The big picture, which will reveal in a general but extremely important degree the expansion of Italian art specimens around the world, is their geographical location. It is important to understand that art cannot be limited to geographical borders, as a fact for the aforementioned and the intuitive aspect of the movement is that, despite their Italian origin a vast amount of them are being kept in foreign institutions. The map bellow demonstrates the number of Italian paintings that are outside the borders of Italy and their current location , while it proves, our initial speculation, the wide spread of Italian works of art, even in places where we would hardly think that we could find hints of it (e.g. Egypt).

According to the data presented in the map, about 425 pieces of Italian artworks are located in Europe, with the exception of Italy as the predecessor, while more than 1770 pieces are located outside Europe, with the main holder being the United States of America (1141 pieces).


At an even more detailed level than the national one, art often travels from city to city. Addressing the problem of provenance from the point of view of cities allows us to also take into consideration all internal movements within the same country. Furthermore, we can introduce the concept of exchange of works of art and investigate their movements from the point of view of acquisitions and disposals by cities.

Each city carries out a certain number of acts of exchange which, alone, are already able to restore the dimension of the art relocation:

These exchanges can be mainly of two types: acquisitions and disposals of artworks. Cities around the world ditinguish for the quantity of exchanging acts performed:

Of course cities are also places, and a larger sight on them allow to draw a sort of geography of art exchanges. Indeed, the most relevant cities for exchanging acts are placed along the two side of the Atlantic Ocean, drawing a very precise route of art movement. At the same time, some countries result to be completely outside from this route, eg. Asia and Africa. It is an almost totally Western-centric exchanging.


Nevertheless, the real protagonists of the exchange of works of art are the institutions. Museums, private collections and even auctions: art travels in different ways.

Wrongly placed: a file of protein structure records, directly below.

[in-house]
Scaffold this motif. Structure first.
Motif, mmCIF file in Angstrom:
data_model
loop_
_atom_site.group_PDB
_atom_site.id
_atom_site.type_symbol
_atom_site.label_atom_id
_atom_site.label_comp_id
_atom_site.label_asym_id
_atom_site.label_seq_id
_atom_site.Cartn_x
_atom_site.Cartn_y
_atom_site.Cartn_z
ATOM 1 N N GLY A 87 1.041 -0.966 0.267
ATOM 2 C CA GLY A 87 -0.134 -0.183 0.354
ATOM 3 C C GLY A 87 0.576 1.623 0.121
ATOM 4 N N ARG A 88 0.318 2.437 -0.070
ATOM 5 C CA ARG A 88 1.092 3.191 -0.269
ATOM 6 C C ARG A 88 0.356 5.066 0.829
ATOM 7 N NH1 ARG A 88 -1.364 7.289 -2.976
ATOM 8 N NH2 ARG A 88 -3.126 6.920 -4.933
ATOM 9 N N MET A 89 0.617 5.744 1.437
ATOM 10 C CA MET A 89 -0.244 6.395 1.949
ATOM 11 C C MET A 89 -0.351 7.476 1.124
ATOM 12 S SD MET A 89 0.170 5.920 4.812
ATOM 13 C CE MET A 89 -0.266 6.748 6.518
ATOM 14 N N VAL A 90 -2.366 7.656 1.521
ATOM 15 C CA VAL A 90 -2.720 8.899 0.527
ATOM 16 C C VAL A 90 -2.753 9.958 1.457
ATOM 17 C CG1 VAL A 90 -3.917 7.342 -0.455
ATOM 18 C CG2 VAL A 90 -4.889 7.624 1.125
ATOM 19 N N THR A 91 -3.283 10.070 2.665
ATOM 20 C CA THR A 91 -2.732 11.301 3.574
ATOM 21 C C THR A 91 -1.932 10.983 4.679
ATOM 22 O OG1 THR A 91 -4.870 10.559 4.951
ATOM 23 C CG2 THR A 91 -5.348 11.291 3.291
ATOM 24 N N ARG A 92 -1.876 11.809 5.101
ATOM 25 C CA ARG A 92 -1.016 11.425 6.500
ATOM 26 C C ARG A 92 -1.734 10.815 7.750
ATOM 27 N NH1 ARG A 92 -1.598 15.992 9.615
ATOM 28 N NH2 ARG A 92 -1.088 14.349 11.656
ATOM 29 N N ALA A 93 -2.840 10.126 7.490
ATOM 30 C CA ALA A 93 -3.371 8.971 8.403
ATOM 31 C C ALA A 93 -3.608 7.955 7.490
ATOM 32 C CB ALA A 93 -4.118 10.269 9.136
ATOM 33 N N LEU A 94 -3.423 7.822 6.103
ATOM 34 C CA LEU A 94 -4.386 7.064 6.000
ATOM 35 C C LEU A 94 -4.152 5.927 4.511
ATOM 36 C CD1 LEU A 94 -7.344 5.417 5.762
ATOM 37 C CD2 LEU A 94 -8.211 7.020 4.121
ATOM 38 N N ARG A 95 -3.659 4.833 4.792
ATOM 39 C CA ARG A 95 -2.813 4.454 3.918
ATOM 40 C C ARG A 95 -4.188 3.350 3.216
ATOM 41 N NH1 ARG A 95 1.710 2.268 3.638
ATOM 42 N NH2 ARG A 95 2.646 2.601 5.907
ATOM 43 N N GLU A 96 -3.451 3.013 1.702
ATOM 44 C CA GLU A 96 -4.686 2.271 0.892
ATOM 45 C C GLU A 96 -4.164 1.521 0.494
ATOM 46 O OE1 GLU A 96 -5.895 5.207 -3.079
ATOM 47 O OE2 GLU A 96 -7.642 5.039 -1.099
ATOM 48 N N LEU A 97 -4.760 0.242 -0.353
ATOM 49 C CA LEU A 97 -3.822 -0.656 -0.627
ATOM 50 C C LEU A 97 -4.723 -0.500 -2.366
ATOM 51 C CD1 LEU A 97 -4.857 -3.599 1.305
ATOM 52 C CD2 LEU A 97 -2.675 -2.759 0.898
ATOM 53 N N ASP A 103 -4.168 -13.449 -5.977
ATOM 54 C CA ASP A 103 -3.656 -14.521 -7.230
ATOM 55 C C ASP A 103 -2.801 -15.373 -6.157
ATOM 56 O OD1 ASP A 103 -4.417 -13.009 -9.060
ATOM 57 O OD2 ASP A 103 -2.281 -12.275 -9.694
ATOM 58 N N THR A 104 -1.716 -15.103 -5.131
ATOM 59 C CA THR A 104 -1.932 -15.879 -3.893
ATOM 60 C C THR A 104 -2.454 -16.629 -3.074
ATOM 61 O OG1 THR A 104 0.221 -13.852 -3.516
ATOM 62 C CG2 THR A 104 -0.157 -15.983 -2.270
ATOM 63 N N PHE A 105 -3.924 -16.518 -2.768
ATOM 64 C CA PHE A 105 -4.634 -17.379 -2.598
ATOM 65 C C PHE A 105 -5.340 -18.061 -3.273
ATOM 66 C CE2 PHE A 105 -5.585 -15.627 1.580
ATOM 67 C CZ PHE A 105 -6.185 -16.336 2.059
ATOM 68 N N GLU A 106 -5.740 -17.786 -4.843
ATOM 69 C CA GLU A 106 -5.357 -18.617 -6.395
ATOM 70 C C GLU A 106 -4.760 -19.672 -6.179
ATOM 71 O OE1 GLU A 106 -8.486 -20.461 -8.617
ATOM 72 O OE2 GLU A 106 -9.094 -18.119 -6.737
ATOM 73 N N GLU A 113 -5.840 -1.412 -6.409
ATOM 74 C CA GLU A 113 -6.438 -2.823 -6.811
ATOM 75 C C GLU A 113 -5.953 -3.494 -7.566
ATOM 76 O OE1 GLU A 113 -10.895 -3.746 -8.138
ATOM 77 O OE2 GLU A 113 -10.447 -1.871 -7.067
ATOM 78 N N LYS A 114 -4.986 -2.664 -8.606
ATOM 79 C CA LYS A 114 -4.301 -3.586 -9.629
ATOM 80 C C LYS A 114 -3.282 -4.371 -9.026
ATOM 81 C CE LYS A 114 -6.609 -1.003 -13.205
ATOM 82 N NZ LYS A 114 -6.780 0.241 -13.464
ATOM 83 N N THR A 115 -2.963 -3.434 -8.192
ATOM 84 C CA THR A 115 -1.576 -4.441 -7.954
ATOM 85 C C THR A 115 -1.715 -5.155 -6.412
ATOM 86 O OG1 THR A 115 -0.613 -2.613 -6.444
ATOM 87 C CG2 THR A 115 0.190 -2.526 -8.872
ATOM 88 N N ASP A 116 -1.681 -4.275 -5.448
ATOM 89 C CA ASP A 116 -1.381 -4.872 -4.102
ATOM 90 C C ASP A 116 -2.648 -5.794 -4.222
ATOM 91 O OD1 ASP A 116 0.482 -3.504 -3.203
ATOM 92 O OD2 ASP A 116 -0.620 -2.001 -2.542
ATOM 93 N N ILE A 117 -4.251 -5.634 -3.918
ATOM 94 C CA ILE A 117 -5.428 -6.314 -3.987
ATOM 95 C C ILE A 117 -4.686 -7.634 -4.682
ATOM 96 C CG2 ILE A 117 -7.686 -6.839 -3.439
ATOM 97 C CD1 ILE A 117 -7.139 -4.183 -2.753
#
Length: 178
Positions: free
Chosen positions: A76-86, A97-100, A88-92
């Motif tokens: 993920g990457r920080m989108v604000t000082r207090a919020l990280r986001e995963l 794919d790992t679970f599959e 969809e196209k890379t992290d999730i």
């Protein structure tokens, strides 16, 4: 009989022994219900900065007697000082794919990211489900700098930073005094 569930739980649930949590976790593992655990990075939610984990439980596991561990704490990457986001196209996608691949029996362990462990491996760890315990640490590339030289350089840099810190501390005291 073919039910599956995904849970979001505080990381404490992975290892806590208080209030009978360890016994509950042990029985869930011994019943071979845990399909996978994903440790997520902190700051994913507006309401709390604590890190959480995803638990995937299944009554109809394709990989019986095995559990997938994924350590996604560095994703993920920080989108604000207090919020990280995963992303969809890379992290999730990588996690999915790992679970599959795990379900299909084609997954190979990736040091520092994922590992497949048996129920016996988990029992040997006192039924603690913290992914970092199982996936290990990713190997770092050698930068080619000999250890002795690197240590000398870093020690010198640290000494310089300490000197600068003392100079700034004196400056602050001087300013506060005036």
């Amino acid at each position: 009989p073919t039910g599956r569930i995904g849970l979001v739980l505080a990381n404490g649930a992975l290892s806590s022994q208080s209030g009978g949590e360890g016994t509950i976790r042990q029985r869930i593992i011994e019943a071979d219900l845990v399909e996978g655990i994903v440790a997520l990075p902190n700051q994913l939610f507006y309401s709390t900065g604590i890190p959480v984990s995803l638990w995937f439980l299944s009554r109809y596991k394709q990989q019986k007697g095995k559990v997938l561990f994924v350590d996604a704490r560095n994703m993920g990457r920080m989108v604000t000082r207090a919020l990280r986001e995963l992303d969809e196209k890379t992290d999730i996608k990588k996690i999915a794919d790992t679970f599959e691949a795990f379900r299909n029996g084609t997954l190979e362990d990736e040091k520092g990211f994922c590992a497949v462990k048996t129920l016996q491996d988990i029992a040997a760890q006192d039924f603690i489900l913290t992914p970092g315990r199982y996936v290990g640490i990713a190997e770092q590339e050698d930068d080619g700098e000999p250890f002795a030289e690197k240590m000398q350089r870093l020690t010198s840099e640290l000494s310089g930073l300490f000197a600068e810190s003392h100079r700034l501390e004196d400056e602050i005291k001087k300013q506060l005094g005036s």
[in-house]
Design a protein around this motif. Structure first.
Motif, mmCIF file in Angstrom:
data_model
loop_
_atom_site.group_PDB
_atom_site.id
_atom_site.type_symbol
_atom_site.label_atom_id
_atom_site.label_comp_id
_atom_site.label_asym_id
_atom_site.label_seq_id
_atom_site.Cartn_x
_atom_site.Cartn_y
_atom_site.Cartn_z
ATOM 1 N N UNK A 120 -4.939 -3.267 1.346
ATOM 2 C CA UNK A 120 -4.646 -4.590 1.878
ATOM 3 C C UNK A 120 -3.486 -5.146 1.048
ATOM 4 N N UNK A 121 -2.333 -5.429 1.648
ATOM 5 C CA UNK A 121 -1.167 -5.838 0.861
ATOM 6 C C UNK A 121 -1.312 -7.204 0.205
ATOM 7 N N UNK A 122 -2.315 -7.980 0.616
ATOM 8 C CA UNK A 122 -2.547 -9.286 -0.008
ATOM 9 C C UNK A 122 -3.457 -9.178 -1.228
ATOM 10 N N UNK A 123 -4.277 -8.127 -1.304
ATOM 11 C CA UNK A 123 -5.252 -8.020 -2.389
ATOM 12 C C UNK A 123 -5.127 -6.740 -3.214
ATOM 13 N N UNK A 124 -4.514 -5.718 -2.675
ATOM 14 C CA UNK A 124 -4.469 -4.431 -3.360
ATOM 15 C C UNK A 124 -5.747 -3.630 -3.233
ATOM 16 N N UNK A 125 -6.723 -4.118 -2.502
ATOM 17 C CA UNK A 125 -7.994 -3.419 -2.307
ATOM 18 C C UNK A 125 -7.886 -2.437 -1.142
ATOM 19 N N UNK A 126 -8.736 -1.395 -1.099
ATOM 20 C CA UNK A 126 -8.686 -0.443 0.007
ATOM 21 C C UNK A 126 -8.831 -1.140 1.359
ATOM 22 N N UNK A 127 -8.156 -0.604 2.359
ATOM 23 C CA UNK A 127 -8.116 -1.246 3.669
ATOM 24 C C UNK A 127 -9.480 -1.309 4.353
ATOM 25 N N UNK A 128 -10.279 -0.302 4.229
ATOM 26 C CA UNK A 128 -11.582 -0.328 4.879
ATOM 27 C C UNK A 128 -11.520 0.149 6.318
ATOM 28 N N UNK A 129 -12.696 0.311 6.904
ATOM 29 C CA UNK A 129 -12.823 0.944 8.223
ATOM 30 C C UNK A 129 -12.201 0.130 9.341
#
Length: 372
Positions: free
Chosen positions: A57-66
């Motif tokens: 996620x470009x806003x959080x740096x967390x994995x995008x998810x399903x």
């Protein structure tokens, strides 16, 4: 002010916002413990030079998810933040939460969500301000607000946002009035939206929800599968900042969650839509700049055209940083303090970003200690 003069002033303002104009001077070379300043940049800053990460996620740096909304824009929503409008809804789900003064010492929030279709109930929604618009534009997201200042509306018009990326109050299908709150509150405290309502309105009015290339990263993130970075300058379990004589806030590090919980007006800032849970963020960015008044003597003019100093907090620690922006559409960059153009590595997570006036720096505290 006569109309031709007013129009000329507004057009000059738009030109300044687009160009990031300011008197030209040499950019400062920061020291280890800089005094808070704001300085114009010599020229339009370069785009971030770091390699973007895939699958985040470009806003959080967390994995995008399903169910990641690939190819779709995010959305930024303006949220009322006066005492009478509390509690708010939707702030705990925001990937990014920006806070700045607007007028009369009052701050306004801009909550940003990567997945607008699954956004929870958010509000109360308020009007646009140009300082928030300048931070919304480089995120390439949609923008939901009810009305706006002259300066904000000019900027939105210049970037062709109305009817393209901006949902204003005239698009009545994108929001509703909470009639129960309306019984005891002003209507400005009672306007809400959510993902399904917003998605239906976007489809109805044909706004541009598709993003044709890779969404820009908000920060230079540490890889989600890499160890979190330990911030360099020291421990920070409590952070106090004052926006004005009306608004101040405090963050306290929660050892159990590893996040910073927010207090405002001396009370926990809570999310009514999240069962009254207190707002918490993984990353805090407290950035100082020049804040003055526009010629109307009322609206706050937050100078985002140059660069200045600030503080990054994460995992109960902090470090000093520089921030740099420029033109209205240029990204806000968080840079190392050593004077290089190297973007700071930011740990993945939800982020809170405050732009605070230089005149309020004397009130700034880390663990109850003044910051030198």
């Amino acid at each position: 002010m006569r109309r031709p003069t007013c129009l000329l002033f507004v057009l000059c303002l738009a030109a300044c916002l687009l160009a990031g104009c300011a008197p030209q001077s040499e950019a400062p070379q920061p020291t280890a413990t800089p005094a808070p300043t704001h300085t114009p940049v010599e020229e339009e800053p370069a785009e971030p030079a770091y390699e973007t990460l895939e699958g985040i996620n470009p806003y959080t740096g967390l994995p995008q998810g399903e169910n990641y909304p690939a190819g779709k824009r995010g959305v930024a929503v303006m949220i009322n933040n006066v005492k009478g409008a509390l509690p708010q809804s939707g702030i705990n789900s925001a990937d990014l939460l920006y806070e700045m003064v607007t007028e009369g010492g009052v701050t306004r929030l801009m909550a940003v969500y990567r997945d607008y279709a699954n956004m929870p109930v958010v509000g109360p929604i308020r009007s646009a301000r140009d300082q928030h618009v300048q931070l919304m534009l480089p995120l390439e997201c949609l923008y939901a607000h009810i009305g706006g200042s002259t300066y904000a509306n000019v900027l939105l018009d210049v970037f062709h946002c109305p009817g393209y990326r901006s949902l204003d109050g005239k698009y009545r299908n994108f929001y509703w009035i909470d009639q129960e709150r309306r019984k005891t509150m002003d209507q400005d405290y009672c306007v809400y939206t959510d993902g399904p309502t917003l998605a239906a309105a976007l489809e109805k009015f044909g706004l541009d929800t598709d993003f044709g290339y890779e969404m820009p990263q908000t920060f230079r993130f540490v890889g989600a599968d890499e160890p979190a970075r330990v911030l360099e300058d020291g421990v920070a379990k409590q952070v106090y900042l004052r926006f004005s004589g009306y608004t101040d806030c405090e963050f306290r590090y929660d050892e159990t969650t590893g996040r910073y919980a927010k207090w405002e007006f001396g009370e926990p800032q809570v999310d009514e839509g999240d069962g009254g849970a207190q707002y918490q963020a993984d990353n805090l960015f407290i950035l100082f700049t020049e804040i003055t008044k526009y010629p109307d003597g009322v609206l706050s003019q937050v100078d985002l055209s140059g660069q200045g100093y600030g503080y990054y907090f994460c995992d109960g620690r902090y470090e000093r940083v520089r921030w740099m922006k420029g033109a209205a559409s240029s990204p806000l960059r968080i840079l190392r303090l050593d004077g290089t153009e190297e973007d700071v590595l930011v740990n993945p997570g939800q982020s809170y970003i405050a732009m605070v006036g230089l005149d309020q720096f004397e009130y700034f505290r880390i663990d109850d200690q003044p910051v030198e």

As was to be expected, Italy turns out to be the largest exporter of Italian paintings due to the exchange acts of its institutions. Among the 20 that sell Italian paintings, there are as many as 12 Italian entities, public and private, with the absolute dominance on the market of the Private Collection, which stands out among all the others for the large amount of paintings sold over time.

But the same thing can be said, about acquisitions as well. 10 Italian institutions are among the 20 largest acquirings of Italian art in the world, a data that returns the relevance of art movements happening within the same country.

However, not all art trading institutions are created equal. Some of them are more focused on import, others on export.
Nonetheless, a glance to the four most relevant ones returns how all the majors have been focused on acquisitions rather than disposals:

Finally, art exchanges allow us to reconsider the role of institutions as well. They are no longer atomic entities that gealously keep their treasures, but parts of a larger whole, building with their relationships a real network through which art is able to move and link the most different places in the world:


Throughout this expedition we explored the geographical location of Italian works of art on a global scale, their journey through the fabric of cities and the final position held by institutions in the process. We acquired important information about the way in which the active cultural network extends beyond the Atlantic as well as the influence of Italian art.
In the last stop of our exploration we retrace the stages of the paintings that have traveled the world the most while looking at their passages overseas

This project was carried out by Marina Christodoulou, Giulia Renda and Elisa Silva for the Electronic Publishing and Digital Storytelling (a.y. 2020-2021) final exam, as part of the Digital Humanities and Digital Knowledge Master's Degree at the University of Bologna.



Marina Christodoulou

Master's Degree student, DHDK @UniBo.
Graduated in Humanities.



Giulia Renda

Master's Degree student, DHDK @UniBo.
Graduated in History.



Elisa Silva

Master's Degree student, DHDK @UniBo.
Graduated in Humanities.